Anne Bean

I make delicious words. // I make words delicious.

Scene vs. Summary

One of the basic tricks in a writer’s Bag-O-Tricks is knowing when to use scene, and when to use summary. What the crap does that mean? Well, scene is like a movie: the events are happening in real time, you’re watching them, there we go. It may or may not involve direct dialogue. For example:

Elijah squatted down next to her. He moved a lot more smoothly than he felt like he ought to be able to–his ¬†heart was pounding.

“Your house got bombed,” he said.

“I know,” she snapped.

Summary, on the other hand, happens when the implied narrator moves through time more quickly or summarizes events. Sometimes summary comes in the form of exposition. For example:

Nicodemus Tolson, whom Elijah had always known as Nico at school, or Malacode online, would not be the first person you’d peg to be a gang leader. When Elijah met him freshmen year, he looked like a perfectly ordinary, intelligent kid who was the vice president of the Technology Club and who wore suits to school that made him look a little like an Archangel. Over the course of the year, Elijah learned that Nico paid for the suits and most of the luxury in his life with stolen credits, laundered and transferred to an account of one of his online aliases.

I realize that most of Freedomland is scene. I have a habit of writing too much scene when I could be doing creative and interesting things with summary. I think usually scene is more powerful, but I’m increasingly realizing that if everything is scene at more or less the same pace, the prose gets old pretty quick.

When I was writing my NaNoWriMo draft of my next novel, which is called Changeling at this point, I used almost exclusively scene. I was also writing in first person present tense throughout the whole thing, and while there are advantages to first person present tense (sense of immediacy, trendiness), I kind of wanted to throw up in my mouth a little bit after reading over 100+ pages of first person present tense. The novel has multiple viewpoints, which helped, but it was still weird.

I did go to a bunch of fun writers’ workshops at the Richard Hugo House, including one about stretching and compressing narrative time. Then I wrote the following compressed time piece for Changeling:

It was three weeks to the day after I saw my father slap my mother in the kitchen that the two of them sat Cassie and me down in the living room and told us they were getting separating. “Separating,” they said, as if divorce was a dirty word. “You girls and me are going to move out,” Mum informed us casually, as if she were telling us what she’d made for dinner. Moving out, it turns out, meant getting visas and flying across the Atlantic to the Denver International Airport, which is just like the rest of America: large, neon, and full of fat people in a hurry. We got to our new house in January, and it kept on cold and basically shitty until June. We didn’t even get to ski. I had almost stopped hating Colorado over the summer, and even mostly forgiven Mum for ripping us across the ocean, but then it was November, and Cassie disappeared.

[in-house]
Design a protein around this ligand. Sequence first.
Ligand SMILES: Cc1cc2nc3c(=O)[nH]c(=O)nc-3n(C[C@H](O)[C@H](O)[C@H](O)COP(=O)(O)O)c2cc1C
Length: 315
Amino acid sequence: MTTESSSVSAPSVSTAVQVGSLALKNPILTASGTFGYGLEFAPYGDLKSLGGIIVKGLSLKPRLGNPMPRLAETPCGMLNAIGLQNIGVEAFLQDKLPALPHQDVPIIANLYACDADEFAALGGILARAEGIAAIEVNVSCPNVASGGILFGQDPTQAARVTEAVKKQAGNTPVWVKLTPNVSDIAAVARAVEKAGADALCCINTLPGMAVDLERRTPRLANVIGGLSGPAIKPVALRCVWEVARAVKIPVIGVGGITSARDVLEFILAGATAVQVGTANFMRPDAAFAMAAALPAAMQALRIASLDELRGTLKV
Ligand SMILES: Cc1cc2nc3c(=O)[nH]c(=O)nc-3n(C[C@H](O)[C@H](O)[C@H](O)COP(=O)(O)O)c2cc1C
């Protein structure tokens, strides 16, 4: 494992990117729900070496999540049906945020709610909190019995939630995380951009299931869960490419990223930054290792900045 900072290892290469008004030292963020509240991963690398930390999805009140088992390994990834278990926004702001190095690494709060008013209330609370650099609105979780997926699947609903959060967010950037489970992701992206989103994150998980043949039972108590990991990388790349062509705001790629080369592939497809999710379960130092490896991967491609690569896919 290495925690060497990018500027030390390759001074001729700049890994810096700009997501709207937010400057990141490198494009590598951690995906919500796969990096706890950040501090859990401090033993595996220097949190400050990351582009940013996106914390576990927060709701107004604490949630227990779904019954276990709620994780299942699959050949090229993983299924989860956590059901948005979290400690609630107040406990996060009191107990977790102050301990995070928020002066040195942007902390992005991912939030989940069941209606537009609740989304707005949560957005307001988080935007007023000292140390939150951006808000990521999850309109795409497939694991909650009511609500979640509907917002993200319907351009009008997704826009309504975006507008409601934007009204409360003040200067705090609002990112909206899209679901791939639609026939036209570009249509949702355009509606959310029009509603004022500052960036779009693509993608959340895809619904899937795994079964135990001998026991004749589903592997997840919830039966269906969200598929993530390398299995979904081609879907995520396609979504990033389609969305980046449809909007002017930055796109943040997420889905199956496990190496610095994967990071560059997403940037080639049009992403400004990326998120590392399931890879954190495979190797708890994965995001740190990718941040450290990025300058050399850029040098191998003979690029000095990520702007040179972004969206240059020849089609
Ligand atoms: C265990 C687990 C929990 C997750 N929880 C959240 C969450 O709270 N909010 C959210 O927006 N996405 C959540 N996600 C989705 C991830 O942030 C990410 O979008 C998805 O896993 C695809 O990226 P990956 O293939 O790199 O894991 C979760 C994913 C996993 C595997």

See? Mostly summary there, with the wee bitty bit of scene-like dialogue. So much cooler than plain scene after scene after scene.

In case y’all wondered, here are some thoughts that it is both terrifying and gratifying to experience:

  1. “Fuck, I have to change the tense of my novel.”
  2. “Wow, I’m writing some stuff for the new novel that’s way cooler than the one I just spent three damn ¬†years publishing.”
  3. “I will probably use maybe 20% the 150 or so pages of novel I wrote last November.”

In any case! I have a revision party scheduled tomorrow with the estimable HJB, so that will be good.

1 Comment

  1. Hey, that’s pretty cool to know. Onthe one hand it sucks to know you have to do a lot of rewrite, but at the same time it has to be gratifying that your growing and getting “better” as a writer. For me it is sometimes hard to see that stuff as “the process”.

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